Interesting enough after he is fired Barrett quickly asks for his job again and this is a short but pivotal scene for Bogarde. Bogarde places the facade again of sorts as that kind face returns as he grovels for his return, but it is not exactly the same man. He is not nearly as well put together in his butler style, and shows it as a mix of trying to put it on through desperation but within that desperation is an inability to really be the butler we saw the beginning. It is an effective scene due to Bogarde as he portrays both Barrett's inability to really maintain his original act that he had created, but as well he shows the movement toward a Barrett who is more truthful pulling back from the extremes he forced himself in at the beginning.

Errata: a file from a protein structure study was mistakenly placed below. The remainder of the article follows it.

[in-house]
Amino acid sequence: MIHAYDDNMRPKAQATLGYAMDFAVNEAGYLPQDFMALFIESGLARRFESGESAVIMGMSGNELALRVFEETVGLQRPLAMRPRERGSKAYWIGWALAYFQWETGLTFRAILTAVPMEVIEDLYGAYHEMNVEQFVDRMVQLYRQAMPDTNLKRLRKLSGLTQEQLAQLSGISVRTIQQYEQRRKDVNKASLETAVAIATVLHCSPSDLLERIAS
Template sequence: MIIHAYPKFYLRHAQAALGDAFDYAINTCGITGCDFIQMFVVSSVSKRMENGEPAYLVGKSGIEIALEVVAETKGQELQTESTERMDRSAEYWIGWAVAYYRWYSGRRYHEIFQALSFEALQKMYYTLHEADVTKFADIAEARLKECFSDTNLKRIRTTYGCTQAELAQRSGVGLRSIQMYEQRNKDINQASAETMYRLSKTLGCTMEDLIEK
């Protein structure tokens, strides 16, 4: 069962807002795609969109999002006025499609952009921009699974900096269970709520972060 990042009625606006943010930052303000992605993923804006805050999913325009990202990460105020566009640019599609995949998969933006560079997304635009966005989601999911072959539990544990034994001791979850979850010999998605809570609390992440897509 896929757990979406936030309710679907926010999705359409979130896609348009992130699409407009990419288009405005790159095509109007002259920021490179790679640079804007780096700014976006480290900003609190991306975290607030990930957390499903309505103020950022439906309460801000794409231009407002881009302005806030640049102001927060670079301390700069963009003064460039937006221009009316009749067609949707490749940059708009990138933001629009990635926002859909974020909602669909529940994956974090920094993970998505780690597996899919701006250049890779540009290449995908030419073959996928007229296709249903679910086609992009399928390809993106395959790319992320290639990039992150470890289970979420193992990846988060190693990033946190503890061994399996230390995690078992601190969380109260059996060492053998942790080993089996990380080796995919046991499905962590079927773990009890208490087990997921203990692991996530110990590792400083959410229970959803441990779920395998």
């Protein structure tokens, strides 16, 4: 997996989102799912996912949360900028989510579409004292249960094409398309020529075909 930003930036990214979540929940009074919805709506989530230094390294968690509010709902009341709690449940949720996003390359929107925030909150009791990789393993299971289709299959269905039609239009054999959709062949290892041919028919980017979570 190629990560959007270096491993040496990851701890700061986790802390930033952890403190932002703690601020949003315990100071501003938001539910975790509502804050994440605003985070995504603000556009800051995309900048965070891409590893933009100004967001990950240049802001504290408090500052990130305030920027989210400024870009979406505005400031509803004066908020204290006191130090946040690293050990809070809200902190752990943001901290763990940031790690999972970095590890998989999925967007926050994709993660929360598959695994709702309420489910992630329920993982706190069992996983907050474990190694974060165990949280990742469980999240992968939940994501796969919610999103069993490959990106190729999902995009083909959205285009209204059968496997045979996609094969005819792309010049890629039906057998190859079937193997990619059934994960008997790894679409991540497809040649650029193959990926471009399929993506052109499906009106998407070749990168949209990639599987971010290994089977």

Anything left of the facade is gone by the next scenes which are a strange set of scenes where the relationship between Tony and Barrett quite dramatically. They become more like two bickering buddies rather than master and servant, but more importantly than that Barrett is the dominate buddy. Bogarde's work here is remarkable as he shows the true Barrett who is much more casual than before. He is no longer the nice faced servant or the bitter man filled with repression. He refutes both into just a far more normalized man that absolutely works and makes sense to be the result for Barrett. Bogarde's performance is that of man who just pretty much does not care any more and just might as well get along in his own way.